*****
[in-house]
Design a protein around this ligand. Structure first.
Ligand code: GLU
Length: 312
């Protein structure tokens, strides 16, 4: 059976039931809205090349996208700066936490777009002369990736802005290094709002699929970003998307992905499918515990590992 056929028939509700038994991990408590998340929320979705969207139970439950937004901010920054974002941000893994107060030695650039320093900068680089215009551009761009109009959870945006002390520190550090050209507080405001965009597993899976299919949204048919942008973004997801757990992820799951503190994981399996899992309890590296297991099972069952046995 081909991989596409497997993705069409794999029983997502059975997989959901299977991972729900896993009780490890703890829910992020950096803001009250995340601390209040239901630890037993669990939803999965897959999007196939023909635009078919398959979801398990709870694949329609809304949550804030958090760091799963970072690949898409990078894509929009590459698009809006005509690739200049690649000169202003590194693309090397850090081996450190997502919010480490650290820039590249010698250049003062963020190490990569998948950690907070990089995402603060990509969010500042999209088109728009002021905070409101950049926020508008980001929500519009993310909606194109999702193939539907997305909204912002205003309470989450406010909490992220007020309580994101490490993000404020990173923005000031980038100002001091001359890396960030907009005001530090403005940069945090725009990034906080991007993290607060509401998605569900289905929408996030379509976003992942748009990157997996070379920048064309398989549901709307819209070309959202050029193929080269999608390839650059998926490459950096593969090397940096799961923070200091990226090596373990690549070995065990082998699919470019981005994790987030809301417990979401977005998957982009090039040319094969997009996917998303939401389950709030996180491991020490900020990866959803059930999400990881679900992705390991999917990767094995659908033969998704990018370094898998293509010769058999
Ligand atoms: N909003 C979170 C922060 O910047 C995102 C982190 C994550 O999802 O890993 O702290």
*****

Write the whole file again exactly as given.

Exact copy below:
[in-house]
Design a protein around this ligand. Structure first.
Ligand code: GLU
Length: 312
């Protein structure tokens, strides 16, 4: 059976039931809205090349996208700066936490777009002369990736802005290094709002699929970003998307992905499918515990590992 056929028939509700038994991990408590998340929320979705969207139970439950937004901010920054974002941000893994107060030695650039320093900068680089215009551009761009109009959870945006002390520190550090050209507080405001965009597993899976299919949204048919942008973004997801757990992820799951503190994981399996899992309890590296297991099972069952046995 081909991989596409497997993705069409794999029983997502059975997989959901299977991972729900896993009780490890703890829910992020950096803001009250995340601390209040239901630890037993669990939803999965897959999007196939023909635009078919398959979801398990709870694949329609809304949550804030958090760091799963970072690949898409990078894509929009590459698009809006005509690739200049690649000169202003590194693309090397850090081996450190997502919010480490650290820039590249010698250049003062963020190490990569998948950690907070990089995402603060990509969010500042999209088109728009002021905070409101950049926020508008980001929500519009993310909606194109999702193939539907997305909204912002205003309470989450406010909490992220007020309580994101490490993000404020990173923005000031980038100002001091001359890396960030907009005001530090403005940069945090725009990034906080991007993290607060509401998605569900289905929408996030379509976003992942748009990157997996070379920048064309398989549901709307819209070309959202050029193929080269999608390839650059998926490459950096593969090397940096799961923070200091990226090596373990690549070995065990082998699919470019981005994790987030809301417990979401977005998957982009090039040319094969997009996917998303939401389950709030996180491991020490900020990866959803059930999400990881679900992705390991999917990767094995659908033969998704990018370094898998293509010769058999
Ligand atoms: N909003 C979170 C922060 O910047 C995102 C982190 C994550 O999802 O890993 O702290």